Libya's unity leader promises to 'turn the page' after arrival in capital

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Fayez al-Sarraj sets up temporary seat of power in naval base, but faces immediate calls to leave or hand himself in from rival Tripoli authorities

Libya's Prime Minister-designate Fayez al-Sarraj, right, is greeted by officials on his arrival in Tripoli in photo posted on his official Facebook page (GNAMedia/Facebook)
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Thursday 31 March 2016 7:55 UTC
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The leader of Libya's unity government arrived in Tripoli promising to "turn the page" on the country's troubled post-Gaddafi era despite opposition to its authority from two rival parliaments already vying for control.

Fayez al-Sarraj, named prime minister-designate under a UN-brokered power-sharing deal, arrived from Tunisia on Wednesday with six deputies to set up a temporary seat of power in a naval base.

The six deputies are members of the Presidential Council, which was established based on a UN-mediated deal signed by splinter groups from the two parliaments last year. The council formed the new unity government headed by Sarraj.

Sarraj faced immediate challenges to his authority with Khalifa Ghweil, the prime minister of Tripoli's General National Congress, calling his government illegal and urging Sarraj to leave or turn himself in.

Sarraj and other officials were prevented from flying into Tripoli by a rival parliament based in the capital, with authorities even closing the airspace several times.

A third parliament, based in Tobruk in the east, also has not ratified the UN-backed administration.

"It is time for all of us as Libyans to work together for the sake of Libya," Sarraj said upon his arrival, according to his government's Facebook page.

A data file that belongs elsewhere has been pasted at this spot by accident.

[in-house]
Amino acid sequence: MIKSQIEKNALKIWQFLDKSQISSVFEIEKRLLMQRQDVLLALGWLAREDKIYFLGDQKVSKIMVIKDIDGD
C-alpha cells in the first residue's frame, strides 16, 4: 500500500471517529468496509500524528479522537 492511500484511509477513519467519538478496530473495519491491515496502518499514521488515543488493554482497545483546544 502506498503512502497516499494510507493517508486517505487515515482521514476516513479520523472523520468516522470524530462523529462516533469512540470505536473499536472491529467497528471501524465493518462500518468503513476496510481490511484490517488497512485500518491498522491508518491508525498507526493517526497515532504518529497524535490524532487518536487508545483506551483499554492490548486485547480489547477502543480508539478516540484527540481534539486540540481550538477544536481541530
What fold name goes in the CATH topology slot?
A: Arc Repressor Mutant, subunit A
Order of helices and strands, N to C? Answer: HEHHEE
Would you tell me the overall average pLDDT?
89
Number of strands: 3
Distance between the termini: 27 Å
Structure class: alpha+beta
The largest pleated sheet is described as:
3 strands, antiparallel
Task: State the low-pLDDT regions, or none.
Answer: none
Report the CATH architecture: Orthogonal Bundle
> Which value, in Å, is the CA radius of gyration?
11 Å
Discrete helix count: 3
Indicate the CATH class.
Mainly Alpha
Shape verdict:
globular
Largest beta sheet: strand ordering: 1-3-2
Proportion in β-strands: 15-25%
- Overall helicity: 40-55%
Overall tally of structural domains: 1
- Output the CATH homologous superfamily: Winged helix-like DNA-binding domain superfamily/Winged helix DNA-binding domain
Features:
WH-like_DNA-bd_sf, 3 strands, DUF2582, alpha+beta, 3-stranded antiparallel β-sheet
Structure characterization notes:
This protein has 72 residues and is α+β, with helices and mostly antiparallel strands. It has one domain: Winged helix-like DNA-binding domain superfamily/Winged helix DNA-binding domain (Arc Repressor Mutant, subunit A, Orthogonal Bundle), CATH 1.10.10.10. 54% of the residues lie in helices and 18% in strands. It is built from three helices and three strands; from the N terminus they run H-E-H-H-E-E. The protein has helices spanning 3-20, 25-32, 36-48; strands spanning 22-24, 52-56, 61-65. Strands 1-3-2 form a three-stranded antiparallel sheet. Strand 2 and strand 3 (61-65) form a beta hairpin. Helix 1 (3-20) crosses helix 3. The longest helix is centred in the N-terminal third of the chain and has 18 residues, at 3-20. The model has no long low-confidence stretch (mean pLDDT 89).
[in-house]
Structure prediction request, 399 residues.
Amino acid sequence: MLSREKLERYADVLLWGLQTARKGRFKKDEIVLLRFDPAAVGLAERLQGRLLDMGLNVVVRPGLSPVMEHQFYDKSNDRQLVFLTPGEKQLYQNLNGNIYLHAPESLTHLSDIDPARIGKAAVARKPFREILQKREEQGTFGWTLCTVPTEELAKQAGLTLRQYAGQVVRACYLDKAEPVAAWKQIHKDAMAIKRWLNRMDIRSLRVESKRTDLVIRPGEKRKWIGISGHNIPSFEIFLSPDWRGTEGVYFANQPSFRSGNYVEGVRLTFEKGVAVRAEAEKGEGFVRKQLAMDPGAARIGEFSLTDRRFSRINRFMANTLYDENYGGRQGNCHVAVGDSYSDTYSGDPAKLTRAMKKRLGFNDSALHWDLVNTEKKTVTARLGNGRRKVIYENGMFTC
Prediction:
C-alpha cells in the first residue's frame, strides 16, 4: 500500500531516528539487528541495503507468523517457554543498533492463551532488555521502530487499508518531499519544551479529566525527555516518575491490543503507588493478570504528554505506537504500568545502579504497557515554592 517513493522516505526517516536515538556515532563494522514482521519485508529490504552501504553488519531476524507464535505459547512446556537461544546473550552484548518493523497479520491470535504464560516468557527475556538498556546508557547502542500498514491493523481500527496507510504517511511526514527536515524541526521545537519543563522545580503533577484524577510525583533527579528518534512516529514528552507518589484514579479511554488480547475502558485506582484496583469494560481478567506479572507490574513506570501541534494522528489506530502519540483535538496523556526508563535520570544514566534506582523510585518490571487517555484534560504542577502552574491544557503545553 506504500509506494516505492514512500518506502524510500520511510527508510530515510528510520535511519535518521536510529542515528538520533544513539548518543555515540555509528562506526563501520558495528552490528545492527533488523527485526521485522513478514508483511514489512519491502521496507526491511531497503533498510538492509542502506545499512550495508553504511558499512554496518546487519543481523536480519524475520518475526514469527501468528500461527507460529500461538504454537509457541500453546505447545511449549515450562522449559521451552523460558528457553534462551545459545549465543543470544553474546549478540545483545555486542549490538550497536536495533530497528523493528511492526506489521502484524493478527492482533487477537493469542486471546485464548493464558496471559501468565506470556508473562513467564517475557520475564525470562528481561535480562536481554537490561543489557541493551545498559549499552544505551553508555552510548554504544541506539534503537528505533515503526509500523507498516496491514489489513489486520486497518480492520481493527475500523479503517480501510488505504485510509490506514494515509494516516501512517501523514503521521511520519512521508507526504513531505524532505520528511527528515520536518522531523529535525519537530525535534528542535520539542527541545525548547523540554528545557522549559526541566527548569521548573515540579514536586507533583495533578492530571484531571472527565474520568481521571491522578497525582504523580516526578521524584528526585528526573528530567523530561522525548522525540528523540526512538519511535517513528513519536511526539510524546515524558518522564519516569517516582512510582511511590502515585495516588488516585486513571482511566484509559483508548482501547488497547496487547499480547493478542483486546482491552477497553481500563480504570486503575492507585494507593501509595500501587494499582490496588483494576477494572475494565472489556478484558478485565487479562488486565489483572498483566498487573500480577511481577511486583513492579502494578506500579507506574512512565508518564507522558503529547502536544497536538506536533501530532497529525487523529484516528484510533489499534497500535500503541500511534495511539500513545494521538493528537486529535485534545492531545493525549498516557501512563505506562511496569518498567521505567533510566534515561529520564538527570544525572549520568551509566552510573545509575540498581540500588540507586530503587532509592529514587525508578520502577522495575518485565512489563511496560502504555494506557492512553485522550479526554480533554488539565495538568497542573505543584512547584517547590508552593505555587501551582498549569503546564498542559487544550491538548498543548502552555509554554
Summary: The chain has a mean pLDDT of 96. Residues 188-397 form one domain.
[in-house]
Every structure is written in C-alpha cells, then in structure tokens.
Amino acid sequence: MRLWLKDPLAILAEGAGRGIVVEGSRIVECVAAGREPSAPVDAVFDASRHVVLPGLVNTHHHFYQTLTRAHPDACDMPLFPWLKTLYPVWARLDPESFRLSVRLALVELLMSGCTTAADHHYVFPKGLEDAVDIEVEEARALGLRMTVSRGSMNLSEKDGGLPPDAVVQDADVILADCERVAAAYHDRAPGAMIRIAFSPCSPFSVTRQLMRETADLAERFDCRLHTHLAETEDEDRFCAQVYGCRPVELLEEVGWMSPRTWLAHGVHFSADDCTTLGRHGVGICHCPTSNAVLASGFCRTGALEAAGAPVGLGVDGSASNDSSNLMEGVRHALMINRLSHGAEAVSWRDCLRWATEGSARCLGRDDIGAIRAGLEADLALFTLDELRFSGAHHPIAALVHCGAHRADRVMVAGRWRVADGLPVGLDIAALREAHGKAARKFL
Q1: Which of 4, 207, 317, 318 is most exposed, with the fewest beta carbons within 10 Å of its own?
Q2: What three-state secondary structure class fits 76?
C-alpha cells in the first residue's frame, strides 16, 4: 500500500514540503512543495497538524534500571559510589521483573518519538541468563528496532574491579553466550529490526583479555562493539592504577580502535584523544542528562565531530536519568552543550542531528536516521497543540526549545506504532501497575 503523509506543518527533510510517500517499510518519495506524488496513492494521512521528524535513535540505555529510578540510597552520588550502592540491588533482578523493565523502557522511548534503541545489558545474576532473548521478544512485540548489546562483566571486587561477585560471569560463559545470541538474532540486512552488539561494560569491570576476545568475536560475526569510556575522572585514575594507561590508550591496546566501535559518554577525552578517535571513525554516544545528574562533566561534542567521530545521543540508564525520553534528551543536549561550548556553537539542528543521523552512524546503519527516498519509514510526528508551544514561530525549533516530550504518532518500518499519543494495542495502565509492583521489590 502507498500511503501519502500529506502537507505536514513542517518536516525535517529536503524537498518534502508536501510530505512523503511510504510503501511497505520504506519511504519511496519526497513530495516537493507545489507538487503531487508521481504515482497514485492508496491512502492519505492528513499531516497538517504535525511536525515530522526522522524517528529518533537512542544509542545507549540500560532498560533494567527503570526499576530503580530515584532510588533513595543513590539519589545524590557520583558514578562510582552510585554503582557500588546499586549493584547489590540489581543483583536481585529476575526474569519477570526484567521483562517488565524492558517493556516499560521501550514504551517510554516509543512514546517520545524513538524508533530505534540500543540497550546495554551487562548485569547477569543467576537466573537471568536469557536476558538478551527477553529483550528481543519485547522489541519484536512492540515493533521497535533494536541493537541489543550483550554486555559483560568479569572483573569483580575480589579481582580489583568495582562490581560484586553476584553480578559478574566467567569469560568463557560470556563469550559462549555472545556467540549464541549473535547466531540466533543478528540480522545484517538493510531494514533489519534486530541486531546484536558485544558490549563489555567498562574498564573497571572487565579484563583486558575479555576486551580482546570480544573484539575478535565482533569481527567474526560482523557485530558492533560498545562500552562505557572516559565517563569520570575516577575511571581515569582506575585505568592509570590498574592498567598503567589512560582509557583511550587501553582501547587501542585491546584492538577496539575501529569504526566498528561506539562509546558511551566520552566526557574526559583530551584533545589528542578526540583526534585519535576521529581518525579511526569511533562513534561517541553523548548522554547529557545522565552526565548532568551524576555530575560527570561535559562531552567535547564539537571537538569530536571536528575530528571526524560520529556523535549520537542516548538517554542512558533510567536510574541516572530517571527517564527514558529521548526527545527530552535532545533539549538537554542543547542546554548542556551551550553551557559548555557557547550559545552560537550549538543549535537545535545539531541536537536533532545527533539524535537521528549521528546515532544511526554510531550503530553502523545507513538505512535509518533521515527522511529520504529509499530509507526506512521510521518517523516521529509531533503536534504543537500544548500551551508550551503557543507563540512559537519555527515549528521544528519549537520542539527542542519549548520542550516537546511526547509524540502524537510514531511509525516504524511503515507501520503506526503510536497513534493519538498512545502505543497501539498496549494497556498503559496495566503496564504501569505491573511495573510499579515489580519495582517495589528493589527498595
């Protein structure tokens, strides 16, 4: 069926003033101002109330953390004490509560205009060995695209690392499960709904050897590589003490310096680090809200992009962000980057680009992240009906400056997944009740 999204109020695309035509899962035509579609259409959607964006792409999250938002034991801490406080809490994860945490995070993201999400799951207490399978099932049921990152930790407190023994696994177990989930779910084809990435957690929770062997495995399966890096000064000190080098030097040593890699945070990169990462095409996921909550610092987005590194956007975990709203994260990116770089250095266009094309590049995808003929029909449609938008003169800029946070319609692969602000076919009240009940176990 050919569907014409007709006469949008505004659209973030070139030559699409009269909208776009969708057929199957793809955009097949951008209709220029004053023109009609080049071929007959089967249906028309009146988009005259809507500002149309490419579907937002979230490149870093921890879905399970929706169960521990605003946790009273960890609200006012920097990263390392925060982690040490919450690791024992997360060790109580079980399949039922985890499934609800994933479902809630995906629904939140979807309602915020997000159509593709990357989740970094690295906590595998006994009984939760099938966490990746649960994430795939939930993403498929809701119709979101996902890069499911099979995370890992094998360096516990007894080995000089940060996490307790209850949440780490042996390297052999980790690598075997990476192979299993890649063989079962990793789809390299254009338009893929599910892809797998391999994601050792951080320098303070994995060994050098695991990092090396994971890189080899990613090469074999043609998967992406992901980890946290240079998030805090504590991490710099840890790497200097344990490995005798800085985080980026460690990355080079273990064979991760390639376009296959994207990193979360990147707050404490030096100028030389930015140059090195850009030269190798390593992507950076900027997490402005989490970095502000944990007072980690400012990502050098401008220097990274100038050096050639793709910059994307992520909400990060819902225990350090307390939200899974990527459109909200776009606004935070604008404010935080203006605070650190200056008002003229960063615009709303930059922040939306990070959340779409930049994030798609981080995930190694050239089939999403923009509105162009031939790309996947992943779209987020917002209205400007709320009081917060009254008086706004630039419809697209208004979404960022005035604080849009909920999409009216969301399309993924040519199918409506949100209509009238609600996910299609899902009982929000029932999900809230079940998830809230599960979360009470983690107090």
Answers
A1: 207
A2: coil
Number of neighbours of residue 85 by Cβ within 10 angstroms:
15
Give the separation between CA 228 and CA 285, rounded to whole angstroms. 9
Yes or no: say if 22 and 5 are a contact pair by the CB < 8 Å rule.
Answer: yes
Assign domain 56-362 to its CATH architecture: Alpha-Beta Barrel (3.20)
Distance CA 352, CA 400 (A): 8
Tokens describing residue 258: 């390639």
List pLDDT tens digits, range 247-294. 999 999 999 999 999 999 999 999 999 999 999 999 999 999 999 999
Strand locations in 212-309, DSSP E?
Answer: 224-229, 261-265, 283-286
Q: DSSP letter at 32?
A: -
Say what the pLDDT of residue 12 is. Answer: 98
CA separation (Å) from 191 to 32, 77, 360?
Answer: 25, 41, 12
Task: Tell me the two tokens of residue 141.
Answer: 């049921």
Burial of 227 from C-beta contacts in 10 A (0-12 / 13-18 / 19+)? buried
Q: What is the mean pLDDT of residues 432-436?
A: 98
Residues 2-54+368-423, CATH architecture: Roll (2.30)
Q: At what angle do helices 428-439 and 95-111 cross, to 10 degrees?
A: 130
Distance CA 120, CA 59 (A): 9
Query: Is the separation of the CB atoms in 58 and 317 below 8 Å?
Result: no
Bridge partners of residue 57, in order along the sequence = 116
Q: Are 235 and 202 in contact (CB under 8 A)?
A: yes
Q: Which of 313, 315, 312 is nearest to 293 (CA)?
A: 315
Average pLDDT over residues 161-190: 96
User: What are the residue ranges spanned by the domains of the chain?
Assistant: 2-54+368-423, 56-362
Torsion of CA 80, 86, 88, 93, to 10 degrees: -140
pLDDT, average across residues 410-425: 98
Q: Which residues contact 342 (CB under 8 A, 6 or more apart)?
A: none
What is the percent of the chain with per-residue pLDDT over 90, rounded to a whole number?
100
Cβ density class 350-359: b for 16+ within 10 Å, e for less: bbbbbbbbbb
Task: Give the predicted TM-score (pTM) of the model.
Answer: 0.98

He urged rivals to "turn the page of the past," saying "revenge, alienation, antipathy, and hatred don't build a state".

Martin Kobler, the UN's special envoy to Libya, tweeted support for Sarraj and called on all institutions in Libya to "facilitate [an] immediate, orderly and peaceful handover of power.

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"I commend the courage, determination and leadership of the Presidency Council under its president Fayez Serraj in moving forward with the implementation of the Libyan political agreement and the aspiration of the overwhelming majority of the Libyan people. The international community stands firmly behind them and is ready to provide the required support and assistance," Kobler said.

The European Union's foreign affairs chief Federica Mogherini expressed support for Sarraj, calling his arrival in Tripoli "a unique opportunity for Libyans of all factions to reunite".

Italy, which has offered to lead a peacekeeping force in Libya if asked by the new government, also welcomed the development.

"It is another step forward for the stabilisation of Libya," Foreign Minister Paolo Gentiloni said.

"Further progress is now possible for the Libyan people based on the determination of premier Sarraj and the presidential council."